Bozkurt M.,Erbeyli Poultry Research Institute | Selek N.,Adnan Menderes University | Kucukyilmaz K.,Erbeyli Poultry Research Institute | Eren H.,Adnan Menderes University | And 3 more authors.
British Poultry Science | Year: 2012

1. A herbal extract containing a blend of three essential oils, derived from oregano, laurel leaf and lavender, was investigated as a feed additive alternative to the conventional anticoccidial sodium monensin.2. Broilers were infected with a mixture of Eimeria species or left uninfected.Both infected and uninfected broilers were provided with diets containing either herbal extract (HEX), monensin (MON) or without these supplements (CON). The HEX group had 50 mg herbal extract/kg diet and the MON group 100 mg monensin/kg diet.3. All of the uninfected broilers exhibited higher body weight gain and better feed conversion when compared with their infected counterparts at d 28 and 42 of age. Both HEX and MON supplements caused significant improvements in performance in the infected broilers, but failed to have any effect on uninfected broilers.4. Faecal oocyst output measured daily by sampling excreta, and expressed on a per bird basis, was lower in the HEX and MON groups than in the CON group. However, the herbal extract was not as effective as monensin in reducing oocyst excretion. Coccidial infection caused a significant increase in total intestinal length and caecal weight, but the dietary treatments did not influence these measurements.5. These results indicate that providing a herbal extract in the diet was not as effective as monensin in protecting broilers exposed to a coccidial challenge. © 2012 Copyright Taylor and Francis Group, LLC.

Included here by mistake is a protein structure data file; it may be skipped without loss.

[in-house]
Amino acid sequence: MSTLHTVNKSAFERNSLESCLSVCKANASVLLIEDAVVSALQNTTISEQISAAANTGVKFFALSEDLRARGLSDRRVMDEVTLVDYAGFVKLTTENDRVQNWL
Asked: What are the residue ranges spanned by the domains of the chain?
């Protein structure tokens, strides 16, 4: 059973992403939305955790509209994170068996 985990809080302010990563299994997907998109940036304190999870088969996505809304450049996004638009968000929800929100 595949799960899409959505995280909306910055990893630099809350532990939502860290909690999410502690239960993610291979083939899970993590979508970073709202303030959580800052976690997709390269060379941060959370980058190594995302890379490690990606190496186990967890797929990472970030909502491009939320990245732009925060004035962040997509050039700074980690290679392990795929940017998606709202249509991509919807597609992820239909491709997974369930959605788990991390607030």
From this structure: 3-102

Bozkurt M.,Erbeyli Poultry Research Institute | Bozkurt M.,Celal Bayar University | Kucukyilmaz K.,Celal Bayar University | Cath A.U.,Celal Bayar University | And 3 more authors.
Asian-Australasian Journal of Animal Sciences | Year: 2012

Three levels of boron (0, 30, 60 ppm) were supplemented in practical corn-soybean based starter and grower diets, containing either adequate or inadequate Ca or P. A total of 1, 800, 1-day-old sexed broiler chicks were assigned to six dietary treatments and fed with the experimental diets for 42 days. Boron improved the overall feed conversion ratio, but increased body weight only at 21 days of age (p<0.01). Boron decreased feed intake in the case of feeding on a diet deficient in Ca and P, and tended to increase feed intake when birds received a diet adequate in Ca and P, signifying significant boron by Ca-P interaction (p<0.01). Mortality was not influenced by boron (p>0.05). Dietary Ca and P deprivation reduced body weight and feed consumption significantly, but did not influence the feed conversion ratio and mortality (p>0.05). Serum Ca level, ALP and ALT activities were not influenced either by dietary Ca and P deficiency or boron supplementation. Serum P content increased with respect to boron at 30 ppm. Bone breakage strength was not affected by dietary variables. Tibia ash, Ca and P were increased in response to the supplementation diet with 30 ppm boron, whereas 60 ppm showed no effect in most cases. Accordingly, the dietary boron supplementation of 30 ppm significantly decreased fecal Ca and P excretion, while there was a numerical decline in the 60 ppm boron as compared to the 0 ppm boron group. Data presented herein indicated that boron, either at the 30 ppm or 60 ppm supplementation level, was effective in conversion of feed to body weight, whereas only boron at 30 ppm contributed to the mineralization of bone thereby augmenting more Ca and P while excreting less through faeces.